Saturday, 21 April 2012

Moyle, Franny "Constance"

Moyle, Franny "Constance: The Tragic and Scandalous Life of Mrs. Oscar Wilde" – 2011

I love Oscar Wilde and I love biographies. So, when I discovered this biography about Oscar Wilde's wife, I didn't have to think twice. I just had to read it.

And I wasn't disappointed. I must say, I had no idea Oscar Wilde even had a wife. And children. Of course, once I knew, I could only imagine a tragedy. And so it was. The life of a woman was hard enough in the middle of the 19th century but being married to one of the most prominent people at the time and being involved in such a scandal must have been an insurmountable obstacle.

Franny Moyle describes Constance's life from the beginning to the end, her youth in poverty, her ascent into society after marrying Oscar and the inevitable fall after his secret life was unveiled. How much power a woman has when it comes to the task to prevent her loved ones from disaster. Constance has shown this to us.

If you are only remotely interested in Oscar Wilde and/or women's lives before ours, this is the book for you.

From the back cover:
"In the spring of 1895 the life of Constance Wilde changed irrevocably. Up until the conviction of her husband, Oscar, for homosexual crimes, she had held a privileged position in society. Part of a gilded couple, she was a popular children’s author, a fashion icon, and a leading campaigner for women’s rights. A founding member of the magical society The Golden Dawn, her pioneering and questioning spirit encouraged her to sample some of the more controversial aspects of her time. Mrs. Oscar Wilde was a phenomenon in her own right.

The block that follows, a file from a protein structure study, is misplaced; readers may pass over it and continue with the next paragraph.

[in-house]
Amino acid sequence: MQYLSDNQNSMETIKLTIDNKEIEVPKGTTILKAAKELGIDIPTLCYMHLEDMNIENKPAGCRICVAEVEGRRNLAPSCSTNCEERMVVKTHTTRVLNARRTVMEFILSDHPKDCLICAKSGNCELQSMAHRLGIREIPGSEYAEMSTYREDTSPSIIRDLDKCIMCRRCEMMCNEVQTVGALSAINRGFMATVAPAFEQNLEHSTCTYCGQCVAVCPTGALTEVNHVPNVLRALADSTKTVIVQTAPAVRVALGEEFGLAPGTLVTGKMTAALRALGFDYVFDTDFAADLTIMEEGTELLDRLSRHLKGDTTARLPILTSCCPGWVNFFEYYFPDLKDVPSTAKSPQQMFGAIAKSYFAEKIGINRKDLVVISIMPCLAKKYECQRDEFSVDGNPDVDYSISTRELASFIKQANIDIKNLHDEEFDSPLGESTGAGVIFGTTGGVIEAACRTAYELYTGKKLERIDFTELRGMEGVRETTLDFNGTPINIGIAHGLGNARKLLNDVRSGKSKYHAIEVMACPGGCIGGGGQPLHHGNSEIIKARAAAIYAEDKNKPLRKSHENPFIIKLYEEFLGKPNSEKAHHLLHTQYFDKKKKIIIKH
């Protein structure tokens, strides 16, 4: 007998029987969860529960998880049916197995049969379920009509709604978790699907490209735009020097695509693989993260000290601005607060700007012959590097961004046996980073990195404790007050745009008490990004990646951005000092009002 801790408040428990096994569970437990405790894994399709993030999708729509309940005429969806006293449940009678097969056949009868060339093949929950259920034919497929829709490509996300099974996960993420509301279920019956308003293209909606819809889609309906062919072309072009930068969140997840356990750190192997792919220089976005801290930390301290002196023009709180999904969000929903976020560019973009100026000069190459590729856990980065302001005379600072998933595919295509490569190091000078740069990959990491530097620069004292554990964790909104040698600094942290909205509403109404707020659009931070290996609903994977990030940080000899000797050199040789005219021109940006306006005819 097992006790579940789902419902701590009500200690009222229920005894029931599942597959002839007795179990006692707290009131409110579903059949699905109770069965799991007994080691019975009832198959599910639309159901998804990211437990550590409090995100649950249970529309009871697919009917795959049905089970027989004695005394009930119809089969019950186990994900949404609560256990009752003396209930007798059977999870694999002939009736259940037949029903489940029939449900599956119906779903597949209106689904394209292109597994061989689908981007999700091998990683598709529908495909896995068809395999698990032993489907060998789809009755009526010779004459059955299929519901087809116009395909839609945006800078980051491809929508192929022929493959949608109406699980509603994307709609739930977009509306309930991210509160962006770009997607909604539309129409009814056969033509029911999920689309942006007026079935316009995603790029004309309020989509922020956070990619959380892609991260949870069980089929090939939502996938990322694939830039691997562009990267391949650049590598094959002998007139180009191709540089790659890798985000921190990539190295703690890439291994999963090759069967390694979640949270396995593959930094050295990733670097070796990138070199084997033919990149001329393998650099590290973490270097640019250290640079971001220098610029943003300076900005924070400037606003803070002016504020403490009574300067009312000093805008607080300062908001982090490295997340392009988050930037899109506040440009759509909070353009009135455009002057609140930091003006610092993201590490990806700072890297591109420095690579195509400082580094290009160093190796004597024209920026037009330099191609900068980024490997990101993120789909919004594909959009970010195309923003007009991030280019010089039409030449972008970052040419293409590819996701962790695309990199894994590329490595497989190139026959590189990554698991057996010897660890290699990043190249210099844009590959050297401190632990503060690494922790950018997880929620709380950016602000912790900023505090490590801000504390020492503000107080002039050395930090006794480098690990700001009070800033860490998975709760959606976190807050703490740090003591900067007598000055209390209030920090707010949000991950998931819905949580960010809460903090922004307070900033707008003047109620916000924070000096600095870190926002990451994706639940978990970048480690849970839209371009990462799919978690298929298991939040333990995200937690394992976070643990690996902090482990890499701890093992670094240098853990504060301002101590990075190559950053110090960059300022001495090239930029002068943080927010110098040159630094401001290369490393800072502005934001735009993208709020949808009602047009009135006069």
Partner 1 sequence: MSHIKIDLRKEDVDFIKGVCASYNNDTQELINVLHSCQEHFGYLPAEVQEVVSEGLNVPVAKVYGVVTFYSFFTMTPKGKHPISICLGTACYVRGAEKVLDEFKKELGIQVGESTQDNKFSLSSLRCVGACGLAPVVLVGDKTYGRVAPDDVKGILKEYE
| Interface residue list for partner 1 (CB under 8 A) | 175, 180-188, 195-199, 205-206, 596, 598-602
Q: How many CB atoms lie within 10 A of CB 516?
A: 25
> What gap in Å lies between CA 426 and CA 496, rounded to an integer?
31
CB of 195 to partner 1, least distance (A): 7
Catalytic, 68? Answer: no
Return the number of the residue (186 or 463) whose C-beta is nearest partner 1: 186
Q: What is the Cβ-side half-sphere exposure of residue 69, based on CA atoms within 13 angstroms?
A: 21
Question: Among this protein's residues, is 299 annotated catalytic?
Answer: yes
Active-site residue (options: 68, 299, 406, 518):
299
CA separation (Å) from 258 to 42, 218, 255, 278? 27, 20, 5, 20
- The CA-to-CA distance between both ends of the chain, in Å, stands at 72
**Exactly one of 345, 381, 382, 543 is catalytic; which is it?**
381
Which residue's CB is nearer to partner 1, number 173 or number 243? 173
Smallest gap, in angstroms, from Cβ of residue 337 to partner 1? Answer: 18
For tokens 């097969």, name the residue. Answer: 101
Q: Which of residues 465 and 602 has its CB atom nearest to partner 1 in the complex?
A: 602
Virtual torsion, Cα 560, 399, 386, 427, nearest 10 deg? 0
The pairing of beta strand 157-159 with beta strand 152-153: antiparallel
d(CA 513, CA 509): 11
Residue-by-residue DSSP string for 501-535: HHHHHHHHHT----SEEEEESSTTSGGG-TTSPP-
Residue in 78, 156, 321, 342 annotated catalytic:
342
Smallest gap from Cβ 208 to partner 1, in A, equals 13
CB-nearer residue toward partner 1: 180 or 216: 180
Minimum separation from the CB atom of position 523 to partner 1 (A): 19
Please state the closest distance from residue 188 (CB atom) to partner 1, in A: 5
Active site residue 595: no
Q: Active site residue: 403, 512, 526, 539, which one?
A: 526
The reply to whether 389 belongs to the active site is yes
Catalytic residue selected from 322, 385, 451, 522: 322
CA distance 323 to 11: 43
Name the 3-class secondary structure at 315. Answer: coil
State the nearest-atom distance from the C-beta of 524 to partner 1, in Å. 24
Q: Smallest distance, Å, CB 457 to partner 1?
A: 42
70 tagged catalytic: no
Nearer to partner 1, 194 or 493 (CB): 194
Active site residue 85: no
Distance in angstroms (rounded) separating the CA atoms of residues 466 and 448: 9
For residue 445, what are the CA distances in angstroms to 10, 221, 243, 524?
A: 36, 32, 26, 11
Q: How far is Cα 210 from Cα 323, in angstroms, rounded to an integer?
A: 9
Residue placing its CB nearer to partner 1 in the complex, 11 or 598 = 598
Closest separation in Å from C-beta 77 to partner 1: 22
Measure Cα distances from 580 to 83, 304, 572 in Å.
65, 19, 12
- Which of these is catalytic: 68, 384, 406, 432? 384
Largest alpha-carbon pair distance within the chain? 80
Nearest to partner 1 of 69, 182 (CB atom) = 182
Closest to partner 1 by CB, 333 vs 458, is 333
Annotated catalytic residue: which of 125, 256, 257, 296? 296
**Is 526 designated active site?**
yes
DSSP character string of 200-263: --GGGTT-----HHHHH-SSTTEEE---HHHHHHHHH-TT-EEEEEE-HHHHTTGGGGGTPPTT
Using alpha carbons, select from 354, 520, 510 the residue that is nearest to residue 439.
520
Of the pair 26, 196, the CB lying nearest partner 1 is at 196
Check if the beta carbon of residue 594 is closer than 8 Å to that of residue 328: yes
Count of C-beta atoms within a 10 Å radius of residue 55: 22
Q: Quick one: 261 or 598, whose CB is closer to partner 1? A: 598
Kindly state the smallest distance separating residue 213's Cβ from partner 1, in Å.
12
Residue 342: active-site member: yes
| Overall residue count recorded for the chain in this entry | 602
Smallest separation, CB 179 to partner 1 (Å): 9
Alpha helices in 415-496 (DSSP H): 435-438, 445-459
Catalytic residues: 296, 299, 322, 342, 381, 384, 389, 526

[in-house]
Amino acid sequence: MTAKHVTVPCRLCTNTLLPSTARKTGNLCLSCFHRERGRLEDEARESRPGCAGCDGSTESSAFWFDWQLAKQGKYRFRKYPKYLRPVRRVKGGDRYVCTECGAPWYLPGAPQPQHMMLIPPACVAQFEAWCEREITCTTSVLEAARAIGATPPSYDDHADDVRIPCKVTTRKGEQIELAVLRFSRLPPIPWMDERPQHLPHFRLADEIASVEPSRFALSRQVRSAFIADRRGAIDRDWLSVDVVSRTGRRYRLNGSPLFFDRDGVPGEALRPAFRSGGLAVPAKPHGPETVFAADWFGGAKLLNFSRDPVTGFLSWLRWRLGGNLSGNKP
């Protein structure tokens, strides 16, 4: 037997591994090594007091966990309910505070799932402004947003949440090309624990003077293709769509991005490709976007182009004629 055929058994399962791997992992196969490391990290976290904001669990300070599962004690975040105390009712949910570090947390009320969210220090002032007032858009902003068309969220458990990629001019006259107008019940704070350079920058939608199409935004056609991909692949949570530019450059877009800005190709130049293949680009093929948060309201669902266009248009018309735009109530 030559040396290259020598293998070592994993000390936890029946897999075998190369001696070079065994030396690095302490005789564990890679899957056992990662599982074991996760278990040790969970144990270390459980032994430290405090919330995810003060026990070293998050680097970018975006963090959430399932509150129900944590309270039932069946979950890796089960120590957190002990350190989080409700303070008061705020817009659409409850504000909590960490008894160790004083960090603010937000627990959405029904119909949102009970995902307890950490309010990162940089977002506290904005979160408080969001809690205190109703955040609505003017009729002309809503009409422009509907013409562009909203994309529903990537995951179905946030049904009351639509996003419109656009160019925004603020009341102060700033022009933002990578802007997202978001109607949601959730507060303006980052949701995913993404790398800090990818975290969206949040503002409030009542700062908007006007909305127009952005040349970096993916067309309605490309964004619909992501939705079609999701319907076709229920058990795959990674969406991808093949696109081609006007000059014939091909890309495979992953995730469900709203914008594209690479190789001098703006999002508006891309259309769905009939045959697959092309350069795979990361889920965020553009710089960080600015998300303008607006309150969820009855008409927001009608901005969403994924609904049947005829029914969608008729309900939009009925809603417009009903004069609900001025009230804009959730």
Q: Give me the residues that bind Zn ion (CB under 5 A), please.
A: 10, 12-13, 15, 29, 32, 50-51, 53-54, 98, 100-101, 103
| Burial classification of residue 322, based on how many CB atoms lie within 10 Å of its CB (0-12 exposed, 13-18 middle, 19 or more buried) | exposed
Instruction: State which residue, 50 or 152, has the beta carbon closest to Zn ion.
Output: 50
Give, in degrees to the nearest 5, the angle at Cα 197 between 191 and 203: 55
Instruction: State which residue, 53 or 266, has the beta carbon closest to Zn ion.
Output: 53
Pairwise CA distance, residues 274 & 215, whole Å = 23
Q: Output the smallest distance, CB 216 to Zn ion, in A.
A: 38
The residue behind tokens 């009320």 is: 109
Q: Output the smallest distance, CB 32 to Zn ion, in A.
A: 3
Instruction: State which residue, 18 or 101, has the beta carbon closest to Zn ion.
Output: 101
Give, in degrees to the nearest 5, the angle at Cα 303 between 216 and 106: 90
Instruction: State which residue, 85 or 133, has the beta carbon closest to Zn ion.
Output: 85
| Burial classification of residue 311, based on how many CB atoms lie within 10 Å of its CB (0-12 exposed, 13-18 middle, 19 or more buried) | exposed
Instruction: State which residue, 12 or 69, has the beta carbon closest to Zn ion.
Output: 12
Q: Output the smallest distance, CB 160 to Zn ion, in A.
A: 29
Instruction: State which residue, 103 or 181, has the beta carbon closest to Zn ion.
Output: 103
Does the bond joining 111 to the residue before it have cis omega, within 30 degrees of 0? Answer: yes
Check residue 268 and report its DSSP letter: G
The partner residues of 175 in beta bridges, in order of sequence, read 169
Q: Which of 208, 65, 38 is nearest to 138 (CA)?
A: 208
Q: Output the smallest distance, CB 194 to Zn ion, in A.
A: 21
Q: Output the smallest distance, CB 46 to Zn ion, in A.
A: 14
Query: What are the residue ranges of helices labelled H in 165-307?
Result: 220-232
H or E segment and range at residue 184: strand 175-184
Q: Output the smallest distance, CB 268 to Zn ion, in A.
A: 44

But that spring Constance’s entire life was eclipsed by scandal. Forced to flee to the Continent with her two sons, her glittering literary and political career ended abruptly. She lived in exile until her death.

Franny Moyle now tells Constance’s story with a fresh eye. Drawing on numerous unpublished letters, she brings to life the story of a woman at the heart of fin-de-siècle London and the Aesthetic movement. In a compelling and moving tale of an unlikely couple caught up in a world unsure of its moral footing, Moyle unveils the story of a woman who was the victim of one of the greatest betrayals of all time.

I also read: "The Importance of Being Earnest" and "A Woman of No Importance".

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